Publication Date: October 2006
Publisher: Library of Congress. Congressional Research Service
Research Area: Media, telecommunications, and information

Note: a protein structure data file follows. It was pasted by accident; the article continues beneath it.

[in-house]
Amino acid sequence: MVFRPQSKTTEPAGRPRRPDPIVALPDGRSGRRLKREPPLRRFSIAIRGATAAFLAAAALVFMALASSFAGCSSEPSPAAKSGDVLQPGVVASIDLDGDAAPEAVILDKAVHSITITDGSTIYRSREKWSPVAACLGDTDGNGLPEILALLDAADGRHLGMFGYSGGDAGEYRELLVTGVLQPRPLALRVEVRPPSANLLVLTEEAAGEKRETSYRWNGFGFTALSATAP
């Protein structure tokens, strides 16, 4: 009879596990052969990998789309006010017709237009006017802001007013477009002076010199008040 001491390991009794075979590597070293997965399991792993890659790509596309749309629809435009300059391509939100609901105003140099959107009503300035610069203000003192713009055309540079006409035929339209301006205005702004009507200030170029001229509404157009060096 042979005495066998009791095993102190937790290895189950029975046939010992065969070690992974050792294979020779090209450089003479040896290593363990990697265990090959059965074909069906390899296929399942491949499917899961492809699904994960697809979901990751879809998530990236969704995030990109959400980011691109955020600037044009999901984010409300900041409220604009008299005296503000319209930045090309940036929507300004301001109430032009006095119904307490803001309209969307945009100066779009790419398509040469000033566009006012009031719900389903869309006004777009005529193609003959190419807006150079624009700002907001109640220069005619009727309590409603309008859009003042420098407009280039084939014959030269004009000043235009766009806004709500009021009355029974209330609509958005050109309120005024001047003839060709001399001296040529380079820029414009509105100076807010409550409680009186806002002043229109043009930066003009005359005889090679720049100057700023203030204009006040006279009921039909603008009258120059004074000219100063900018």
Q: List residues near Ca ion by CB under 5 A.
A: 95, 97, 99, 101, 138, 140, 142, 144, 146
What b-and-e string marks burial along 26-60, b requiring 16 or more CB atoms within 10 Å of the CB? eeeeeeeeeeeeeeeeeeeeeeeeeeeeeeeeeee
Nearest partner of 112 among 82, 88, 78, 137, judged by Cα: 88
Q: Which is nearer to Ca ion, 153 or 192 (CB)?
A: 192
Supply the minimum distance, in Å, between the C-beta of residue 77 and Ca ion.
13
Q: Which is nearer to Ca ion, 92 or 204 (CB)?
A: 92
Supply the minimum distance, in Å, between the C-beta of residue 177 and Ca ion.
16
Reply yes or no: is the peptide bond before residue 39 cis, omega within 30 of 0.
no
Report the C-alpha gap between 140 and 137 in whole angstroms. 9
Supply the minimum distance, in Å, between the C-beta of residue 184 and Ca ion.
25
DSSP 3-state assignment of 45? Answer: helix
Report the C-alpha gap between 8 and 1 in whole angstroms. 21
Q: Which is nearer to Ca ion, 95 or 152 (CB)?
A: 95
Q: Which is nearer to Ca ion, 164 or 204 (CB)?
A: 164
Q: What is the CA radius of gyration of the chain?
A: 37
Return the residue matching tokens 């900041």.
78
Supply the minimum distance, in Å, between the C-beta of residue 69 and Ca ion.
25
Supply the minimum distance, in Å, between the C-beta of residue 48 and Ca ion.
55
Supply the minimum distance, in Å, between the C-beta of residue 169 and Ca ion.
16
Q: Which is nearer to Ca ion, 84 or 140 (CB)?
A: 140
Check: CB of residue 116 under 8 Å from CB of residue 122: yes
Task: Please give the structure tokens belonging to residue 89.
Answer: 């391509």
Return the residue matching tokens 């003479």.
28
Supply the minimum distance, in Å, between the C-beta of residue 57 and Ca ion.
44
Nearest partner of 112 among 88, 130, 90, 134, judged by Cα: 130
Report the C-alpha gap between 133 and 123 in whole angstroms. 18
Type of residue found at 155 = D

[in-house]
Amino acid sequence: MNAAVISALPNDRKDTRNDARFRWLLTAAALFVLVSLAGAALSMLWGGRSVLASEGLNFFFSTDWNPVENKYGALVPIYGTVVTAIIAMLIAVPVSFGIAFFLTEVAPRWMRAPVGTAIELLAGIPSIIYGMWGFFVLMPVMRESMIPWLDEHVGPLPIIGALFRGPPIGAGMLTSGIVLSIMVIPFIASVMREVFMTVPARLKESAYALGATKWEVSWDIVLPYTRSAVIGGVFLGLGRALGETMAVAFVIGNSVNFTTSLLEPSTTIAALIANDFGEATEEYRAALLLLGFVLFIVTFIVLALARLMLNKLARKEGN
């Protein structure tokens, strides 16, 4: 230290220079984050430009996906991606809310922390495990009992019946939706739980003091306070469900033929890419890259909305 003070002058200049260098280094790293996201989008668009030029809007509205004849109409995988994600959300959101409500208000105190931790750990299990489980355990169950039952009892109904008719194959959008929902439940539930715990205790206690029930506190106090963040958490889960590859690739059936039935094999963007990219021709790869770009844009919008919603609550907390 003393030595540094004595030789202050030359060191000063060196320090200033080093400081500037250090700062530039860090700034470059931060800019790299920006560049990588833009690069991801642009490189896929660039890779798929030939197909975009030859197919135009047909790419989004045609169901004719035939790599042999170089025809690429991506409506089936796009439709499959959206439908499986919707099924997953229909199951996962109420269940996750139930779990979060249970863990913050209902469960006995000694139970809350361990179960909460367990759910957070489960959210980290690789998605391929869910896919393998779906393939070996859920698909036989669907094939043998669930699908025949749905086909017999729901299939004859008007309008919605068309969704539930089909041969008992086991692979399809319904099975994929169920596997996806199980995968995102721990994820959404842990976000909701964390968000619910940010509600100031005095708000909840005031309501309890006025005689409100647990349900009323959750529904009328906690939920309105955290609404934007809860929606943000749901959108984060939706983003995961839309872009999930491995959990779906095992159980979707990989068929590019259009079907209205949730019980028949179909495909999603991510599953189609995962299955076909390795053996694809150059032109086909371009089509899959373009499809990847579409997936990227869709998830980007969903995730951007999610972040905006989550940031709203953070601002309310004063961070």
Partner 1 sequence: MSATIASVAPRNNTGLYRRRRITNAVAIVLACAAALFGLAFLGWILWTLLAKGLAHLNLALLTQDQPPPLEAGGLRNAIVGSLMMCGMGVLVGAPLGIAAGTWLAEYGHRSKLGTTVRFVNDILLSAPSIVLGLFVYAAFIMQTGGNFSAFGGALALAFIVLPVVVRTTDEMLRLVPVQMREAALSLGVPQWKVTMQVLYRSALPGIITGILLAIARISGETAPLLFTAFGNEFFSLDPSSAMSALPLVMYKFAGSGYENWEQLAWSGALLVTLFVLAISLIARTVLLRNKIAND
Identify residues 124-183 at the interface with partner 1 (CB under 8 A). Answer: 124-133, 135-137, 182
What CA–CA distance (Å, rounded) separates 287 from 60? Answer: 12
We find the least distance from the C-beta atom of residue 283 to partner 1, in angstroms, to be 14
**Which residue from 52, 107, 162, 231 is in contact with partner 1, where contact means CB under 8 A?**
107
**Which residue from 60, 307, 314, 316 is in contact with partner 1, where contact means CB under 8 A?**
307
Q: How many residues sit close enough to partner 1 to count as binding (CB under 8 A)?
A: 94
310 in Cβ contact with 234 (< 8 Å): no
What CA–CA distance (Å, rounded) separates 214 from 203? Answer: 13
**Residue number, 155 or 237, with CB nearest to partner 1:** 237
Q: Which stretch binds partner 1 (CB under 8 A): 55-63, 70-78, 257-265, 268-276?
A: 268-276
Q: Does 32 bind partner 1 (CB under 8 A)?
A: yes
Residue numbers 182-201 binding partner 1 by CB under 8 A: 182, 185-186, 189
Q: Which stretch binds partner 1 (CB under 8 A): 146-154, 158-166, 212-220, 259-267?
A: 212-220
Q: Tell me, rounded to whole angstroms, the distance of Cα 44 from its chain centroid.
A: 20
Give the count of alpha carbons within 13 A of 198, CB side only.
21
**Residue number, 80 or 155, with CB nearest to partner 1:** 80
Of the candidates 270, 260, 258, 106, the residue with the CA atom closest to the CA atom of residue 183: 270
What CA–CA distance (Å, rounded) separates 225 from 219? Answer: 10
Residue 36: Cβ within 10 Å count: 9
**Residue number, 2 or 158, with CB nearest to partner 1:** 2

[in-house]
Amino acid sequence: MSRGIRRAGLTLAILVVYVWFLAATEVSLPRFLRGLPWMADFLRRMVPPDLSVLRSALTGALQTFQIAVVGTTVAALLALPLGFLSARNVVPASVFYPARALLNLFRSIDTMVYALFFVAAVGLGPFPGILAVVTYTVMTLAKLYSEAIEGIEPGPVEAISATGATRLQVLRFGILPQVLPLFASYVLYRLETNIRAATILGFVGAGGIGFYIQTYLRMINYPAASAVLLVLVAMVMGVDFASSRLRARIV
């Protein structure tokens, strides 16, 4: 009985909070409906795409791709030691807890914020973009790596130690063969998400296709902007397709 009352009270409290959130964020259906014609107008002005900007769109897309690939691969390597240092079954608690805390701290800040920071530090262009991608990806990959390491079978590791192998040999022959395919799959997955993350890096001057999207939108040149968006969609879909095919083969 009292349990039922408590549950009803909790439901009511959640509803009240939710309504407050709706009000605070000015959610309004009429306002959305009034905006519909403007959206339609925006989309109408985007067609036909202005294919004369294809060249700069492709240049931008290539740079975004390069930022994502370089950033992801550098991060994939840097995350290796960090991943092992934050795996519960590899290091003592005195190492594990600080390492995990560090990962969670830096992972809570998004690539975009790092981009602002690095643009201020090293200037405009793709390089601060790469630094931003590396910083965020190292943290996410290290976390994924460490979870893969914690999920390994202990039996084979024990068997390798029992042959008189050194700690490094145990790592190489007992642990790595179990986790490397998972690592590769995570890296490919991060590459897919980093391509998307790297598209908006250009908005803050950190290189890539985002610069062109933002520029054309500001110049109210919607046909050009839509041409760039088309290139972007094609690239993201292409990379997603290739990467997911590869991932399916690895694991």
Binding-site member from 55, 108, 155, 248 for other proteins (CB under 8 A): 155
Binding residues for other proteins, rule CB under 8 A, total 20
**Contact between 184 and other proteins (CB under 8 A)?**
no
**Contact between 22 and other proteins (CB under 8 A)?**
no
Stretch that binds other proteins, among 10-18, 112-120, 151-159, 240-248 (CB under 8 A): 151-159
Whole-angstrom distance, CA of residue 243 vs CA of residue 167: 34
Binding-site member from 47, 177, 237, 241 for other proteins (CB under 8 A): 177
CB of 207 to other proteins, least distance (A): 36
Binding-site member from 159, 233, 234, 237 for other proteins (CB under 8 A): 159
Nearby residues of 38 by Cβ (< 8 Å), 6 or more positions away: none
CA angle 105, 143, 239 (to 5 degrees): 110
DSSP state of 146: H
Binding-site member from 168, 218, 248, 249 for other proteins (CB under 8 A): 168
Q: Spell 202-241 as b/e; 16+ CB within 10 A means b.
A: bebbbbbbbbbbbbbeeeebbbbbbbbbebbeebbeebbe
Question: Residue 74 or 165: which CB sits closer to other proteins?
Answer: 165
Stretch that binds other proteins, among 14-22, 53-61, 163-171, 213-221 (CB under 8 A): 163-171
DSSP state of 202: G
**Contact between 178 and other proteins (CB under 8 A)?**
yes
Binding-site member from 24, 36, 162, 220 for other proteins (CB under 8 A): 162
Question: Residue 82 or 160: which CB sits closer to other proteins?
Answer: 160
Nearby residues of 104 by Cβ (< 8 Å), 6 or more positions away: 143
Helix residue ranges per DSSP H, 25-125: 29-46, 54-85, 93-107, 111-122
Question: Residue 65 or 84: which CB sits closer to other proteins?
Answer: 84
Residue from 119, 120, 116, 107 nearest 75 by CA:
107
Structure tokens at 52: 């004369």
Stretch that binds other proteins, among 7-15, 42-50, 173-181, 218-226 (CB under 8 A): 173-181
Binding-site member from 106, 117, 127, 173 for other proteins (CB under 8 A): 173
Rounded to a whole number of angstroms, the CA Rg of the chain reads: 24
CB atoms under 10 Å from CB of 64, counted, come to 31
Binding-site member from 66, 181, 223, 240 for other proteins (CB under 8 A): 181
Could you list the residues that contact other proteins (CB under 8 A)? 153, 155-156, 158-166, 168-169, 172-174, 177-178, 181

Journalists, the Supreme Court has written, claim "that to gather news it is often necessary to agree either not to identify the source of information published or to publish only part of the facts revealed, or both; that if the reporter is nevertheless forced to reveal these confidences to a grand jury the source so identified and other confidential sources of other reporters will be measurably deterred from furnishing publishable information, all to the detriment of the free flow of information protected by the First Amendment." Though the Supreme Court concluded that the First Amendment does not provide a journalists' privilege, 49 states have adopted a journalists' privilege, and bills to adopt a journalists' privilege have been introduced in the 109th Congress, 1st session, in both the House and the Senate (S. 1419 and H.R. 3323). In addition, S. 2831 was introduced in the 109th Congress, 2d session.
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